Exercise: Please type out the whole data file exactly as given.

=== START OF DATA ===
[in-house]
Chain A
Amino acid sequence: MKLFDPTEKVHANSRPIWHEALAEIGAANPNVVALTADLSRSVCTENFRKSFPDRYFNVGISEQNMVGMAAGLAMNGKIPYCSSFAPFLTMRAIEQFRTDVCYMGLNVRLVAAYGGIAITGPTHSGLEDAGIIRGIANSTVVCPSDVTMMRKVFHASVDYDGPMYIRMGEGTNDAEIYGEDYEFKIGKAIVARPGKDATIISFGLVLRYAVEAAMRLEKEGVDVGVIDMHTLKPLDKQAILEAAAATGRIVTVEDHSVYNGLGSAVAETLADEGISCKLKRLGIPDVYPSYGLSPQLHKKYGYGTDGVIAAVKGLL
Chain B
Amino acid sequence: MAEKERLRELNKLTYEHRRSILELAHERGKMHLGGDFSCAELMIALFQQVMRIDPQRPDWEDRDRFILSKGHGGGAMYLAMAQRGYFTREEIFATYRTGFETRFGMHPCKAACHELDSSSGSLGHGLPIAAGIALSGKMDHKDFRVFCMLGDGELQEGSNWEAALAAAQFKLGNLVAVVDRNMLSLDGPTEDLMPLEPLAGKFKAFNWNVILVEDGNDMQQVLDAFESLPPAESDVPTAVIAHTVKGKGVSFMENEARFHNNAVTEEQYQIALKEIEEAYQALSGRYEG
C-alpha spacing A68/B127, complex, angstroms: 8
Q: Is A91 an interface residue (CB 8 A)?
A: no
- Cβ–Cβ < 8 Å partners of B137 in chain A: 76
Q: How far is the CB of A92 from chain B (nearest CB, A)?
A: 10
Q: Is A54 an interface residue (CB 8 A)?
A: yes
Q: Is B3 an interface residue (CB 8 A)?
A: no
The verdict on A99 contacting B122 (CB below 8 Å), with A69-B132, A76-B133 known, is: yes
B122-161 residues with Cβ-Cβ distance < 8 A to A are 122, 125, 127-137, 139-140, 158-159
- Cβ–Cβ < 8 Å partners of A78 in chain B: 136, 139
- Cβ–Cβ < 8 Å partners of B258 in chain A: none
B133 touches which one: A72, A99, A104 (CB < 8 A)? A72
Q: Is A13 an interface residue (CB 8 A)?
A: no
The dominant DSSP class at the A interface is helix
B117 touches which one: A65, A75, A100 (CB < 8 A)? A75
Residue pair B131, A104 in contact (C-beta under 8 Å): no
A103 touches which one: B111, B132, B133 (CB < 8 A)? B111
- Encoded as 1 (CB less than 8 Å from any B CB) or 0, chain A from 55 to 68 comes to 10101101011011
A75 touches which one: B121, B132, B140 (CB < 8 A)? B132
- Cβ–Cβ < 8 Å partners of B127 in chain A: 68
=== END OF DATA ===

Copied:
[in-house]
Chain A
Amino acid sequence: MKLFDPTEKVHANSRPIWHEALAEIGAANPNVVALTADLSRSVCTENFRKSFPDRYFNVGISEQNMVGMAAGLAMNGKIPYCSSFAPFLTMRAIEQFRTDVCYMGLNVRLVAAYGGIAITGPTHSGLEDAGIIRGIANSTVVCPSDVTMMRKVFHASVDYDGPMYIRMGEGTNDAEIYGEDYEFKIGKAIVARPGKDATIISFGLVLRYAVEAAMRLEKEGVDVGVIDMHTLKPLDKQAILEAAAATGRIVTVEDHSVYNGLGSAVAETLADEGISCKLKRLGIPDVYPSYGLSPQLHKKYGYGTDGVIAAVKGLL
Chain B
Amino acid sequence: MAEKERLRELNKLTYEHRRSILELAHERGKMHLGGDFSCAELMIALFQQVMRIDPQRPDWEDRDRFILSKGHGGGAMYLAMAQRGYFTREEIFATYRTGFETRFGMHPCKAACHELDSSSGSLGHGLPIAAGIALSGKMDHKDFRVFCMLGDGELQEGSNWEAALAAAQFKLGNLVAVVDRNMLSLDGPTEDLMPLEPLAGKFKAFNWNVILVEDGNDMQQVLDAFESLPPAESDVPTAVIAHTVKGKGVSFMENEARFHNNAVTEEQYQIALKEIEEAYQALSGRYEG
C-alpha spacing A68/B127, complex, angstroms: 8
Q: Is A91 an interface residue (CB 8 A)?
A: no
- Cβ–Cβ < 8 Å partners of B137 in chain A: 76
Q: How far is the CB of A92 from chain B (nearest CB, A)?
A: 10
Q: Is A54 an interface residue (CB 8 A)?
A: yes
Q: Is B3 an interface residue (CB 8 A)?
A: no
The verdict on A99 contacting B122 (CB below 8 Å), with A69-B132, A76-B133 known, is: yes
B122-161 residues with Cβ-Cβ distance < 8 A to A are 122, 125, 127-137, 139-140, 158-159
- Cβ–Cβ < 8 Å partners of A78 in chain B: 136, 139
- Cβ–Cβ < 8 Å partners of B258 in chain A: none
B133 touches which one: A72, A99, A104 (CB < 8 A)? A72
Q: Is A13 an interface residue (CB 8 A)?
A: no
The dominant DSSP class at the A interface is helix
B117 touches which one: A65, A75, A100 (CB < 8 A)? A75
Residue pair B131, A104 in contact (C-beta under 8 Å): no
A103 touches which one: B111, B132, B133 (CB < 8 A)? B111
- Encoded as 1 (CB less than 8 Å from any B CB) or 0, chain A from 55 to 68 comes to 10101101011011
A75 touches which one: B121, B132, B140 (CB < 8 A)? B132
- Cβ–Cβ < 8 Å partners of B127 in chain A: 68